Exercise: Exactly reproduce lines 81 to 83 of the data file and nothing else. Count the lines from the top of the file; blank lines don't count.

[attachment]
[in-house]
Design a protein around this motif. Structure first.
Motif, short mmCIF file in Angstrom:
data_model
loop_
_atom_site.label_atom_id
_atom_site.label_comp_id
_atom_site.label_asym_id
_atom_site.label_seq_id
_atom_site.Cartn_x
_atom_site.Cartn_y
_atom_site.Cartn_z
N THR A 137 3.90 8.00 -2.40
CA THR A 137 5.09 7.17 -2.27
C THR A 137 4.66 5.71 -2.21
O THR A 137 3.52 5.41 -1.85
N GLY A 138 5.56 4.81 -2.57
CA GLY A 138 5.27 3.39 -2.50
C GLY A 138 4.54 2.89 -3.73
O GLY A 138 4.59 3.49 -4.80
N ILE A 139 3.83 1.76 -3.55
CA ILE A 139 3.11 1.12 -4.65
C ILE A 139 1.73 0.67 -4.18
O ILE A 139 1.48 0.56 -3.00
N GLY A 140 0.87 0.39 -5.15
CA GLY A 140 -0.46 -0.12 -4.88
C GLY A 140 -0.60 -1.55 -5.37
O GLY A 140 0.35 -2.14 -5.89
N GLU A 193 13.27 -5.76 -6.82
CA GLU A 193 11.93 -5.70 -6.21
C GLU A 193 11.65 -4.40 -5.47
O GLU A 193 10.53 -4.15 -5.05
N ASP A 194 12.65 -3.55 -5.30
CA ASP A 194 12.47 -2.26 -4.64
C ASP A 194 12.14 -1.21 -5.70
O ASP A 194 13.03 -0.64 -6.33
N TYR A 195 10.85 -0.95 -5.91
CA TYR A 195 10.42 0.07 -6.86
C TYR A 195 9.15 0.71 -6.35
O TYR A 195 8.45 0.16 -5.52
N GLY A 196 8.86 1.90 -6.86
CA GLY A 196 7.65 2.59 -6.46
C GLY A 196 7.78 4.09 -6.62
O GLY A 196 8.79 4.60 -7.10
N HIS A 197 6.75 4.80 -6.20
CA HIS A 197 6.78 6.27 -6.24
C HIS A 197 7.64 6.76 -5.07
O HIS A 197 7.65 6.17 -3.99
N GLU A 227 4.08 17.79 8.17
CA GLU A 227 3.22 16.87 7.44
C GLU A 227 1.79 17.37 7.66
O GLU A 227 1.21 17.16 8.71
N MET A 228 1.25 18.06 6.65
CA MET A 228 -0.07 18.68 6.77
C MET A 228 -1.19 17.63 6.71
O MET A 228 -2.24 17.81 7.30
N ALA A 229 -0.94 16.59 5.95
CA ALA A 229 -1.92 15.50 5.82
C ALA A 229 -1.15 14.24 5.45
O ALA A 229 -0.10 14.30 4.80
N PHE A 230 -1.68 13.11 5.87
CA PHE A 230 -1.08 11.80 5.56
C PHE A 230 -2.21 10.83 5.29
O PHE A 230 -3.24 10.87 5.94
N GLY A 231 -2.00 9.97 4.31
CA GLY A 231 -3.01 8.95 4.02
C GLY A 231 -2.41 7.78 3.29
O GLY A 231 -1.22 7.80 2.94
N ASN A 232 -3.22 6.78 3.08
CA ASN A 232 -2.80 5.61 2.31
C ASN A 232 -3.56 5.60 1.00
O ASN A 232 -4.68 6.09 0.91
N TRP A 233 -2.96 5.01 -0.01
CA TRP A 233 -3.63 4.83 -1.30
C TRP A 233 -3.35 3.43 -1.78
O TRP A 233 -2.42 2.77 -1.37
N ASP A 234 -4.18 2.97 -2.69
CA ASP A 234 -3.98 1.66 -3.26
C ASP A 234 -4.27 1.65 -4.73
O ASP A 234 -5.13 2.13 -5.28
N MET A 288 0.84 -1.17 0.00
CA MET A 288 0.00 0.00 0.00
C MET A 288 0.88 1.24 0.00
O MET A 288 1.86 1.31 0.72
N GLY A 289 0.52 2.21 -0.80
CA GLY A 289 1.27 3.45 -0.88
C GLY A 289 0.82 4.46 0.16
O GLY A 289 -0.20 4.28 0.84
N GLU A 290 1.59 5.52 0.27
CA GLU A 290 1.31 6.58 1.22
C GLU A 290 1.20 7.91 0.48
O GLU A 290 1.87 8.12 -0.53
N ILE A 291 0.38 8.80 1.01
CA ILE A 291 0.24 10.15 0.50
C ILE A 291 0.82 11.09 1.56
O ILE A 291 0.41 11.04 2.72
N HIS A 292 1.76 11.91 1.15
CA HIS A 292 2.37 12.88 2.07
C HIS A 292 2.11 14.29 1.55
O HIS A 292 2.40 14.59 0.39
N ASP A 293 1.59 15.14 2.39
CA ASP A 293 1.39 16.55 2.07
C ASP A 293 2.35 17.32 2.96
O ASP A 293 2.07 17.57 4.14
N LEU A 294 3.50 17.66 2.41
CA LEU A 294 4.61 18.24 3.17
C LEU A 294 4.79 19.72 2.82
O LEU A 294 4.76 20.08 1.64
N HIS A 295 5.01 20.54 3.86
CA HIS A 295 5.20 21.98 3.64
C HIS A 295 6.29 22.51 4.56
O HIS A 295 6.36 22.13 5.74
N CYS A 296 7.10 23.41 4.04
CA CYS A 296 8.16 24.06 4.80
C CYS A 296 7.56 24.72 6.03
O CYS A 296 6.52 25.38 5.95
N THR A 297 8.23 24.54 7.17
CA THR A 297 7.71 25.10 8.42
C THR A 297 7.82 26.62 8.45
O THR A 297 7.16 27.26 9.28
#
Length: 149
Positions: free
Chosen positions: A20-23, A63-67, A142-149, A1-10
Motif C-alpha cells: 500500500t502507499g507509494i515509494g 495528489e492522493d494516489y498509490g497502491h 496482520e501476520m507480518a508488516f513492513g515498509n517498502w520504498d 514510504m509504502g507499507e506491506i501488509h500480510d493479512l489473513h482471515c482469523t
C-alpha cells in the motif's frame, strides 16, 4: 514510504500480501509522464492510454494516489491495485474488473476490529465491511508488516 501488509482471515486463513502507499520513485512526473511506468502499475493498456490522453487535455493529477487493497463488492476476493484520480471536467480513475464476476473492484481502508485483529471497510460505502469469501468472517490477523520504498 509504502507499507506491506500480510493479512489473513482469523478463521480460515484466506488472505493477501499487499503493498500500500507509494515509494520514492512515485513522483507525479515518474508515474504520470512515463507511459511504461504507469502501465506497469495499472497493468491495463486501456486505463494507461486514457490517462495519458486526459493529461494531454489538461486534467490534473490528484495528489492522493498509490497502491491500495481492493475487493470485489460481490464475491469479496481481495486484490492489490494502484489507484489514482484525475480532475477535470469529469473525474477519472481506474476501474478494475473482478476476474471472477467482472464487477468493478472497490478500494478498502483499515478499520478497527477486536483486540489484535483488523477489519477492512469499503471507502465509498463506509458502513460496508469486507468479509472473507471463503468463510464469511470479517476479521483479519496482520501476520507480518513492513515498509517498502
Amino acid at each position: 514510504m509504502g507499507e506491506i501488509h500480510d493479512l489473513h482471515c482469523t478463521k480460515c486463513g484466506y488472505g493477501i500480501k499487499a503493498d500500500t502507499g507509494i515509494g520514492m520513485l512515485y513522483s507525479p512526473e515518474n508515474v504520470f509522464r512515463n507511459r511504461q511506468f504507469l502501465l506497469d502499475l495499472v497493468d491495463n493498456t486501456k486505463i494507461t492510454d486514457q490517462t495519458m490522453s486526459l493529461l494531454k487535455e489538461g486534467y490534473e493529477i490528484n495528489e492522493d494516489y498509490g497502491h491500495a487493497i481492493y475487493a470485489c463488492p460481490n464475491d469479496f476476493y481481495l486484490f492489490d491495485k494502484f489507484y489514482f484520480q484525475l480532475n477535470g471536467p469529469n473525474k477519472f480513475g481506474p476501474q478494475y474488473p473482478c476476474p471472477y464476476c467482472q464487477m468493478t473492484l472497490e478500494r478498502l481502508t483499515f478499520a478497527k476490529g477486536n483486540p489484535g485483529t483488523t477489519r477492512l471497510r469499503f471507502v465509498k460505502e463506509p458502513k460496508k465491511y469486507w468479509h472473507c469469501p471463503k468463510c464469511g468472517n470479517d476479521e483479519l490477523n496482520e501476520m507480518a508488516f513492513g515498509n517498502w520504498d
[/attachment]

N MET A 288 0.84 -1.17 0.00
CA MET A 288 0.00 0.00 0.00
C MET A 288 0.88 1.24 0.00